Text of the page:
If we look to the smartphone market, we see some parallelism with what happens to handset or operating systems manufacturers. Carriers do have a lot of power, and the success of this or that vendor depends quite much on this power. Carriers can, somehow, make or break success for this or that manufacturer. Much is being said, for example, about iPhones being distributed through Verizon, or about Apple’s relationship to carriers.

Successful Apples, Androids, LGs, Samsungs, HTCs, Nokias or RIMMs would depend on how “gracious” carriers might be when granting command of legions.

Back to Rome, we as well can see that if a given individual Senator was resourceful enough (ie rich and smart at the same time), he might enlist and equip his own legions, which would rival the State’s, controlled by the Senate. In fact this is what Gaius Marius did around 100 b.C. Thus, he became independent from the Senate to build his military and political career, pretty successful by the way.

We believe this is what Google might be doing, Rich and smart, they might be planning independence from senatorial carriers. And this might lead to a successful career, similar to Marius’, the only person in Roman History to be elected Consul nothing less than seven times.

Careful, Jobs… Androids might take this road to outflank you.

Titanic effort


We do not believe the smartphones war will be a minor one at all. At the moment it looks like Apple’s iPhone and Google’s Android-based alternatives are taking a clear lead, eons beyond historical kings of the hill, Nokia and RIMM.

The latter will need a titanic effort to recover and catch up, apparently.

It looks, however, that Nokia’s N8 model, expected to be the company’s flagship, did not really get what “Titanic” was supposed to mean, we’re afraid.


Staying in Moscow


When Germany invaded the Soviet Union in 1941 the world held its breath. Millions of German soldiers crossed the border, and once again smashed whatever troops the enemy put up against them in a major demonstration of the new way of leading war. Blitzkrieg, they called it.

Soviet units fell one by one anywhere the Germans appeared. Encircled by the dozens, the Soviet divisions surrendered and marched to the POW (Prisoner of War) camps in the German rear, or were killed on the spot. The biggest Army by manpower, the red units lost men by the millions.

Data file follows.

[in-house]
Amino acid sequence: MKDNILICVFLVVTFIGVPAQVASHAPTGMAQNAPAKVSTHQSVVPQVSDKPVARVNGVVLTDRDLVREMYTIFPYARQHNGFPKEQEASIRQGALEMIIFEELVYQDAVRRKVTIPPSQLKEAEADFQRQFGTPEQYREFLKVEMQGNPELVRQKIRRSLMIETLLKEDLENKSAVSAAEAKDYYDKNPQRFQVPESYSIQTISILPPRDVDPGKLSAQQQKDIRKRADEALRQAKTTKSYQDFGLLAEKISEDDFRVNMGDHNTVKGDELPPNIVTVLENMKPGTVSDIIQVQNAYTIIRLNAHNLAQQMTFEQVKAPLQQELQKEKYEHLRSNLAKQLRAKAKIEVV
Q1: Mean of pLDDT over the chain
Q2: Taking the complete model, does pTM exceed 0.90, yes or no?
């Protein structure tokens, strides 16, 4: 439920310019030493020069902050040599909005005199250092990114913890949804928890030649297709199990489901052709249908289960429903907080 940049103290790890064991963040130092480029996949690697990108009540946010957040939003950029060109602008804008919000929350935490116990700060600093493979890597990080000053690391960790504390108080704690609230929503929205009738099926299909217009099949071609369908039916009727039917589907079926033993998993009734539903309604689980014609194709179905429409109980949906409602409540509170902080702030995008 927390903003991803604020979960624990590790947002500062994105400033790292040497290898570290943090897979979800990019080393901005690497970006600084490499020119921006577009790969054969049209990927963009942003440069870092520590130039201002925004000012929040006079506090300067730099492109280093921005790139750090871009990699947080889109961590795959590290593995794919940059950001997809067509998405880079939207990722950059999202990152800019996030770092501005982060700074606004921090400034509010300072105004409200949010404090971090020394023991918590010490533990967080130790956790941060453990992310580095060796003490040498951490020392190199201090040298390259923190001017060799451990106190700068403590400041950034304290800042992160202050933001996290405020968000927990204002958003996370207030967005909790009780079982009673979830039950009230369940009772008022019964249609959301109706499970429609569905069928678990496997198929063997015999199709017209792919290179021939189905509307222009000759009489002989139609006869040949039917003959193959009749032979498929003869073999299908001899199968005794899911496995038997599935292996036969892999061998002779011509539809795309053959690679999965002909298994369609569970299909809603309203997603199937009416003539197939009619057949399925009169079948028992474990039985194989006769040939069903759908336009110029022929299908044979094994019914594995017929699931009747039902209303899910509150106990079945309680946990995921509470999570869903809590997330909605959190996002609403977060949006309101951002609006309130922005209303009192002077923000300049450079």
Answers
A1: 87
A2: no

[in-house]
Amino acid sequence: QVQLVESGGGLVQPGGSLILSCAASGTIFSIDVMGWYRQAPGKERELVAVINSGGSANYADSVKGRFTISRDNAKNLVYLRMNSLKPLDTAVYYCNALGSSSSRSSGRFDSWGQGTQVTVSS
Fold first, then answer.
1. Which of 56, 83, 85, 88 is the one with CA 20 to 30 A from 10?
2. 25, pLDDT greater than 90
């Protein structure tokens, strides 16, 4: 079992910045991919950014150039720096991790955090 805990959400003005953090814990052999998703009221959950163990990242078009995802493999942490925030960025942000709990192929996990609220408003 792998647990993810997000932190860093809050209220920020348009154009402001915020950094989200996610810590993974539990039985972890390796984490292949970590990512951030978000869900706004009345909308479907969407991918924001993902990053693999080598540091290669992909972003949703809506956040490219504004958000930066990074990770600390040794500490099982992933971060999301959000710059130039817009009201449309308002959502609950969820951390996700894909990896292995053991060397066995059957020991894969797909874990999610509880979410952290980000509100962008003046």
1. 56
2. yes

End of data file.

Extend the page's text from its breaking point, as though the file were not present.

The Soviet High Command was a complete disaster. No coherent defensive strategy was in place. And worst of all, Stalin virtually disappeared. It seemed he did not want to face reality, the brutal German invasion. Lacking leadership, Soviet cities fell to the Germans, dashing like lightning towards Moscow.

Soon enough, the Soviet government withdrew eastward, beyond the Urals mountain range, in order to reset itself and try to resist somehow the monstrous German tide. All the cabinet fled. All but Stalin.

When Moscow was nearing the German assault, Stalin finally appeared, almost at the very last moment. He delivered to the people one of his propaganda masterpieces, setting the guidelines for Soviet resistance. He was there, he appeared in the very last moment, proved he had not given up, and Moscow did not fall. Probably the Soviet peoples will to resist and ultimately destroy Germany started there and then.

Quarterly financial numbers have a reasonably good expectation for HP. However, from a share perspective, the HP armies are still being beaten by the major cataclysm of Mark Hurd leaving the CEO job in early August.

While struggling in this entourage, HP’s strategy seems to be the very same one Hurd designed and left for his successor to inherit. And Wall Street is not buying it. The biggest army by revenue, its strategy to recover capitalization value was not there.

And its master leader, its CEO, has not publicly shown up three weeks after his official start date…

If History repeats itself, Léo Apotheker should pop up soon, and as the Soviet people did, the market will certainly need a propaganda masterpiece to spark recovery and confidence in putting HP where it should be from that very moment.

Show up before Moscow falls, Léo. The subpoena matter at the SAP trial is a smoke curtain. You can, you should, you ought to. 


Incrediboy’s Syndrome


Lovely story the one in The Incredibles movie, wasn’t it? Everybody can easily recall the glory days when Mr. Incredible, on his own, was carrying on his war against evil. Alone.

Focus on minute 4…

So admired was he that one of his fans, a young teenager, wanted to emulate him. Incrediboy was the name the kid chose, and gallantly offered his services to Mr. Incredible who bitterly rejected the offering. “I work alone”, said he.

Incrediboy was pissed off and seriously outraged, to the point that years later, when superheroes had been called off, he had amassed an enormous wealth and power to turn himself into the most fearful super-villain ever, Syndrome by name. Rejected by superheroes as a teenager, he had turned to the opposite side, and changed his personal aims to end up with any trace of past superheroes and end up dominating the world, as all decent super-villains usually do, of course.

I would say everybody knows how the story ended.

But now we have the modern version of Incrediboy trying to imitate superheroes again… True that todays Incrediboy looks more like the retired Mr. Incredible before he resumed his past glorious times, but still an Incrediboy with a big big big post traumatic stress syndrome…

He as well tries once and again to be like his hero… and his hero kingly ignores him once and again…

Being like this as Incrediboy, we resist ourselves to imagine how he’d be like as Syndrome.